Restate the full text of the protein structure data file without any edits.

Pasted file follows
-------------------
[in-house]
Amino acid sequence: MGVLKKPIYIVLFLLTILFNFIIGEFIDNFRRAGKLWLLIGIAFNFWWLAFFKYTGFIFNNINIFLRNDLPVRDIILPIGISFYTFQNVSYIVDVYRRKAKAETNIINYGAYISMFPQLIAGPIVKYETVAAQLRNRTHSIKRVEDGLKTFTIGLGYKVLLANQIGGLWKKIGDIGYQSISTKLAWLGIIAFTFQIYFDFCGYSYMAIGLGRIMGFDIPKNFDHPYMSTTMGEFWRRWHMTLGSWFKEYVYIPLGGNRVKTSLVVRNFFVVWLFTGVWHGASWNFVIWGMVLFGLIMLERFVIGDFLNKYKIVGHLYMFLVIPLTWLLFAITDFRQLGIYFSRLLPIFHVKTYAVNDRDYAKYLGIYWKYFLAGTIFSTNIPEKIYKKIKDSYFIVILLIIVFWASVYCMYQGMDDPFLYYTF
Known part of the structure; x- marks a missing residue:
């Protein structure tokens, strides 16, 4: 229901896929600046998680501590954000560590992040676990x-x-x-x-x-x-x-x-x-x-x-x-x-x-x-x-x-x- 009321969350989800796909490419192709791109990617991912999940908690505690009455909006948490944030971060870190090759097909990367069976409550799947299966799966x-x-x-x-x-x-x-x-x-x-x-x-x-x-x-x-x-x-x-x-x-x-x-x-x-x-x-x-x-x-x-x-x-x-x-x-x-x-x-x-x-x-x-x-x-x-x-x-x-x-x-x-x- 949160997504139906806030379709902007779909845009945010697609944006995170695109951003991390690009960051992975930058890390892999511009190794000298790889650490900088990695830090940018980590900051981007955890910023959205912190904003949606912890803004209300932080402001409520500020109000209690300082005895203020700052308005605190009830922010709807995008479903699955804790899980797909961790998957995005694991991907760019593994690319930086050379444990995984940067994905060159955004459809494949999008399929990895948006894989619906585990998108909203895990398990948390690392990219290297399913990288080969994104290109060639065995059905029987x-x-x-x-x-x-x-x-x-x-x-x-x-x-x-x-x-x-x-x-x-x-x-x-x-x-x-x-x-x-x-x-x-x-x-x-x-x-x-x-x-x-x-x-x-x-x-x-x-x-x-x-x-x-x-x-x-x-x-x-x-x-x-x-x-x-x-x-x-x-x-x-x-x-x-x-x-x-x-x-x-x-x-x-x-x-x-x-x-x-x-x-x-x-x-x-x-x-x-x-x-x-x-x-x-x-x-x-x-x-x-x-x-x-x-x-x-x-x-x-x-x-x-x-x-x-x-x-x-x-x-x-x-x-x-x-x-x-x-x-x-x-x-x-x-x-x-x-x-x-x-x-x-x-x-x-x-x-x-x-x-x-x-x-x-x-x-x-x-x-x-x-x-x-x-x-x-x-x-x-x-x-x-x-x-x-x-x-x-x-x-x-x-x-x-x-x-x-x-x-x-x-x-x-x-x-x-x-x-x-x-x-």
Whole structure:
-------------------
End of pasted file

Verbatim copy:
[in-house]
Amino acid sequence: MGVLKKPIYIVLFLLTILFNFIIGEFIDNFRRAGKLWLLIGIAFNFWWLAFFKYTGFIFNNINIFLRNDLPVRDIILPIGISFYTFQNVSYIVDVYRRKAKAETNIINYGAYISMFPQLIAGPIVKYETVAAQLRNRTHSIKRVEDGLKTFTIGLGYKVLLANQIGGLWKKIGDIGYQSISTKLAWLGIIAFTFQIYFDFCGYSYMAIGLGRIMGFDIPKNFDHPYMSTTMGEFWRRWHMTLGSWFKEYVYIPLGGNRVKTSLVVRNFFVVWLFTGVWHGASWNFVIWGMVLFGLIMLERFVIGDFLNKYKIVGHLYMFLVIPLTWLLFAITDFRQLGIYFSRLLPIFHVKTYAVNDRDYAKYLGIYWKYFLAGTIFSTNIPEKIYKKIKDSYFIVILLIIVFWASVYCMYQGMDDPFLYYTF
Known part of the structure; x- marks a missing residue:
């Protein structure tokens, strides 16, 4: 229901896929600046998680501590954000560590992040676990x-x-x-x-x-x-x-x-x-x-x-x-x-x-x-x-x-x- 009321969350989800796909490419192709791109990617991912999940908690505690009455909006948490944030971060870190090759097909990367069976409550799947299966799966x-x-x-x-x-x-x-x-x-x-x-x-x-x-x-x-x-x-x-x-x-x-x-x-x-x-x-x-x-x-x-x-x-x-x-x-x-x-x-x-x-x-x-x-x-x-x-x-x-x-x-x-x- 949160997504139906806030379709902007779909845009945010697609944006995170695109951003991390690009960051992975930058890390892999511009190794000298790889650490900088990695830090940018980590900051981007955890910023959205912190904003949606912890803004209300932080402001409520500020109000209690300082005895203020700052308005605190009830922010709807995008479903699955804790899980797909961790998957995005694991991907760019593994690319930086050379444990995984940067994905060159955004459809494949999008399929990895948006894989619906585990998108909203895990398990948390690392990219290297399913990288080969994104290109060639065995059905029987x-x-x-x-x-x-x-x-x-x-x-x-x-x-x-x-x-x-x-x-x-x-x-x-x-x-x-x-x-x-x-x-x-x-x-x-x-x-x-x-x-x-x-x-x-x-x-x-x-x-x-x-x-x-x-x-x-x-x-x-x-x-x-x-x-x-x-x-x-x-x-x-x-x-x-x-x-x-x-x-x-x-x-x-x-x-x-x-x-x-x-x-x-x-x-x-x-x-x-x-x-x-x-x-x-x-x-x-x-x-x-x-x-x-x-x-x-x-x-x-x-x-x-x-x-x-x-x-x-x-x-x-x-x-x-x-x-x-x-x-x-x-x-x-x-x-x-x-x-x-x-x-x-x-x-x-x-x-x-x-x-x-x-x-x-x-x-x-x-x-x-x-x-x-x-x-x-x-x-x-x-x-x-x-x-x-x-x-x-x-x-x-x-x-x-x-x-x-x-x-x-x-x-x-x-x-x-x-x-x-x-x-």
Whole structure: